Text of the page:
I was born in 1946 in Reims, France to a French freedom fighter from Brittany and an American Army officer. Much of my growing up was done in France with some time living in other parts of Europe and the US. Being a military family we moved a LOT. My fondest memories are of times spent living with my French grandparents, who were marvelous characters. They had been freedom fighters in both WWI and WWII. Add to that the fact that much of my Mom's family were still wearing their traditional costumes for everyday and living as people had for hundreds of years and you can probably figure out that my childhood was "different". I guess you could say my childhood in post war France was almost like having one foot in the middle of the 20th century and the other in a much earlier era.
My Dad was from upstate New York and was 11th generation American. Most of his family still live in that area. His Mom and stepfather were farmers and visits to their places were a lot of fun for a child. It was there that I made my first doll. I was three or four and found some fence slats, old clothes, and rope. They became a crude figure with unbraided rope hair after some nails and a hammer were appropriated from the barn!
Two of my Mom's aunts had a doll shop for some years. They specialized in regional costuming, mainly for tourists. At any rate, I learned a love of sewing and all kinds of handwork from them and my Grandmere. At that time we girls were started out learning these things while still quite young.
We were in the US for my high school and university years. That was when we came to Arizona where my Dad retired. When learning that we were going to be here my Grandmere burst into tears at the thought of us being in such a dangerous place as the Wild West! She was sure we'd be killed!
While in high school I pursued my love of the dance, singing and many sports. By then I was way too tall to continue in ballet so I learned some modern interpretive and jazz for the stage, but by the time I attended the Uof A my Dad had put the kibosh on art, dancing, singing, and the stage (not to mention clothing design). He was very forward thinking for his daughter and wanted me to achieve an education which would allow me to make a decent living. By majoring in speech and heaing therapy I at least could participate in readers' theater. (Hah--you just knew I had to sneak that in there right?) Somewhere along the line a local rock band, whose lead guitarist I was dating, recruited me as a singer. Many of the "dates" I had were actually to sing with the band! Between my sophomore and junior years, a part time job as an instructor at a ballroom dancing studio resulted in the manager connecting me up with an executive for the Sands. Now I was a choreographer! Whee! Small potatoes but a joy for me. You can probably see this coming BUT I never worked a day in the field my U of A training was designed for.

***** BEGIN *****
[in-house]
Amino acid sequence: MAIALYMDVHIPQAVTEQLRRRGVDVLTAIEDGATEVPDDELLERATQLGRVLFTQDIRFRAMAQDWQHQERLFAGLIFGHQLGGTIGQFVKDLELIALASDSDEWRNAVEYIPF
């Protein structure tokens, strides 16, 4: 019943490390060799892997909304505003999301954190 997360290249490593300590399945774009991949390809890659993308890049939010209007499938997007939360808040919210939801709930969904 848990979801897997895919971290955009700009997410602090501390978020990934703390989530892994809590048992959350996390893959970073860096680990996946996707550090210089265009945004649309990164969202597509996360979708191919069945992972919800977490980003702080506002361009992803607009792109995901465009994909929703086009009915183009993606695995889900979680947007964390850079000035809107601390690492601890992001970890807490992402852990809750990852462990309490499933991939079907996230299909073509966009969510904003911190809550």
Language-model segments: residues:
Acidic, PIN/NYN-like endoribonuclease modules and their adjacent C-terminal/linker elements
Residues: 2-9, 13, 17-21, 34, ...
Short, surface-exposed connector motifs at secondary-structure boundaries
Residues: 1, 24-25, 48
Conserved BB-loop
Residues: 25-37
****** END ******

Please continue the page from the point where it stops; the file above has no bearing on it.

By 1970 I had married my David. He was in the service while we were dating but was a police officer when we married. Two years later our only child (a son) came along. He had some developmental disabilities and required a full time "someone". That was when I became a full time Mom. I thought that was it for me forever but not so Red Rider!
A neighbor invited me in to see the porcelain dolls she had painted. Wow! It all came together for me. My love of dolls, designing clothing, embellishment, ceramics. All of my real interests except dancing were there. The best thing was that I could make dolls the way I wanted them made and dress them as dramatically as I wished. That was in 1983 and I've been in the doll business as a professional since then. Most of that time was spent making dolls for the high end collector. I produced every facet of the doll from beginning to end by myself and wholesaled them to shop. In the end, I was making about 200 dolls a year---whew! By then sculpting was also something I was starting to do with an eye toward starting a doll factory here in Tucson..
Several years ago, a good friend who was working with some of the Ashton-Drake people as a free-lancer convinced me to talk to AD about doing costuming for them. She felt that my costuming was something they could use. When the dust settled, I was working with the Gene team as a free-lancer. What a friend! I still thank her.
Once having worked for AD I found work for other doll companies as well. I design clothing, of course, and accessories. Sometimes I paint porcelain dolls. Currently I am trying to get some sculpts done for a company which is thinking about producing some of my doll designs. Then, too, some of my work is as a "ghost". That means I do the painting and/or designing but someone else's name is on the product. Under this type of contract we aren't supposed to tell anyone the particulars so I can't tell you who but there are a lot of dolls out there with my work on them. By the way, David is a talented designer of miniature things and since retiring from the police department has done a few things for AD too.
A little while ago (a year?) I heard through the HLAYG group that Marsha was having a guest designer do a pattern for a Scottish kilt outfit. Hm-m-m, guest designer, that sounded like fun to me so I contacted Robbin Runtas (who at that time was a partner) and "volunteered" to do a few things for Perfect Patterns. I was familiar with Marsha's patterns and really loved them. Robbin put me in touch with her and now I do an occasional design for Marsha when time permits.
Well, here I am, a middle aged lady who still plays with dolls. It doesn't get any better than this. Except playing with my granddaughter and dolls. After all these years with a son we got a granddaughter who was born screaming "Quick, give me a doll". Ah, now there's a reward to soothe my heart!